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Lancashire County Cricket Club
First-classOne-dayT20 Lancashire
Lancashire
County Cricket
Cricket
Club, one of eighteen first-class county clubs in the domestic cricket structure of England
England
and Wales, represents the historic county of Lancashire
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Sheffield
Sheffield
Sheffield
(/ˈʃɛfiːəld/ ( listen)) is a city and metropolitan borough in South Yorkshire, England. Historically part of the West Riding of Yorkshire, its name derives from the River Sheaf, which runs through the city. With some of its southern suburbs annexed from Derbyshire, the city has grown from its largely industrial roots to encompass a wider economic base. The population of the City of Sheffield
Sheffield
is 575,400 (mid-2016 est.)[2] and it is one of the eight largest regional English cities that make up the Core Cities Group.[3] Sheffield
Sheffield
is the third largest English district by population. The metropolitan population of Sheffield
Sheffield
is 1,569,000.[1] The city is in the eastern foothills of the Pennines, and the valleys of the River Don and its four tributaries, the Loxley, the Porter Brook, the Rivelin and the Sheaf
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Cricket
Cricket
Cricket
is a bat-and-ball game played between two teams of eleven players each on a cricket field, at the centre of which is a rectangular 20-metre (22-yard) pitch with a target at each end called the wicket (a set of three wooden stumps upon which two bails sit). Each phase of play is called an innings, during which one team bats, attempting to score as many runs as possible, whilst their opponents bowl and field, attempting to minimise the number of runs scored. When each innings ends, the teams usually swap roles for the next innings (i.e. the team that previously batted will bowl/field, and vice versa). The teams each bat for one or two innings, depending on the type of match
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1984 English Cricket Season
The 1984 English cricket season saw the West Indies and Sri Lanka tour England.[1] [2] On the domestic front the Britannic Assurance County Championship was won by Essex for a second successive Championship season.[3] They also won the Sunday League.Contents1 Honours 2 Test series2.1 West Indies tour 2.2 Sri Lanka tour3 County Championship 4 NatWest Trophy 5 Benson & Hedges Cup 6 Sunday League 7 Leading batsmen 8 Leading bowlers 9 References 10 External sources 11 Annual reviewsHonours[edit]County Championship - Essex NatWest Trophy - Middlesex Sunday League - Essex Benson & Hedges Cup - Lancashire Minor Counties Championship - Durham MCCA Knockout Trophy - Hertfordshire Second XI Championship - Yorkshire II Wisden - Martin Crowe, Larry Gomes, Geoff Humpage, Jack Simmons, Sidath WettimunyTest series[edit] West Indies tour[edit] Main article: West Indian cricket team in England in 1984 Sri Lanka tour[edit] Main article: Sri Lankan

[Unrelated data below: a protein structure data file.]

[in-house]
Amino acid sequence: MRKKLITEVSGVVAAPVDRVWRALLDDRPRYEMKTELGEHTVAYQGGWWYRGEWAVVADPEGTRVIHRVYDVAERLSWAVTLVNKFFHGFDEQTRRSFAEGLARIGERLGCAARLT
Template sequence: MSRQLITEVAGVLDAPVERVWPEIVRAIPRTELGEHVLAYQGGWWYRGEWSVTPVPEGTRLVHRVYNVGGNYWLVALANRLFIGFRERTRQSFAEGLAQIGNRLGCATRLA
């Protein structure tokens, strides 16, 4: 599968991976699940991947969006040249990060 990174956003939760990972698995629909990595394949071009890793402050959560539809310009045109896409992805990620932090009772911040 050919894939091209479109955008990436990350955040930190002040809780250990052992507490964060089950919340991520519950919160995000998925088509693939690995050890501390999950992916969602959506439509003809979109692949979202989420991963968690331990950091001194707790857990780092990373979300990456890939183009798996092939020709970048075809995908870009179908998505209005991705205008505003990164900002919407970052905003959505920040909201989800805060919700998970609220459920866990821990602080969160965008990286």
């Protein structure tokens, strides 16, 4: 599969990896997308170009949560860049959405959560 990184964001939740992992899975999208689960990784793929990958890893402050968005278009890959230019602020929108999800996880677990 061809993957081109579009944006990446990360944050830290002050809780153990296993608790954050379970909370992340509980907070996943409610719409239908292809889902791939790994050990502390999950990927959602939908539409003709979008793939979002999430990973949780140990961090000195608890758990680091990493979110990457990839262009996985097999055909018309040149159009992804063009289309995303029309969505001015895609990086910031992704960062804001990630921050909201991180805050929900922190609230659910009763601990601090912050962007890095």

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Twenty20
Twenty20
Twenty20
cricket, sometimes written Twenty-20, and often abbreviated to T20, is a short form of cricket. At the professional level, it was originally introduced by the England and Wales
England and Wales
Cricket
Cricket
Board (ECB) in 2003 for the inter-county competition in England and Wales.[1] In a Twenty20
Twenty20
game the two teams have a single innings each, which is restricted to a maximum of 20 overs. Together with first-class and List A cricket, Twenty20
Twenty20
is one of the three current forms of cricket recognised by the International Cricket
Cricket
Council (ICC) as being at the highest international or domestic level. A typical Twenty20
Twenty20
game is completed in about three hours, with each innings lasting around 90 minutes and an official 10 minute break between the innings
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Limited Overs Cricket
Limited overs cricket, also known as one-day cricket and in a slightly different context as List A cricket, is a version of the sport of cricket in which a match is generally completed in one day, whereas Test and first-class matches can take up to five days to complete
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Wales
Wales
Wales
(/ˈweɪlz/ ( listen); Welsh: Cymru [ˈkəmri] ( listen)) is a country that is part of the United Kingdom
United Kingdom
and the island of Great Britain.[8] It is bordered by England
England
to the east, the Irish Sea
Irish Sea
to the north and west, and the Bristol Channel
Bristol Channel
to the south. It had a population in 2011 of 3,063,456 and has a total area of 20,779 km2 (8,023 sq mi). Wales has over 1,680 miles (2,700 km) of coastline and is largely mountainous, with its higher peaks in the north and central areas, including Snowdon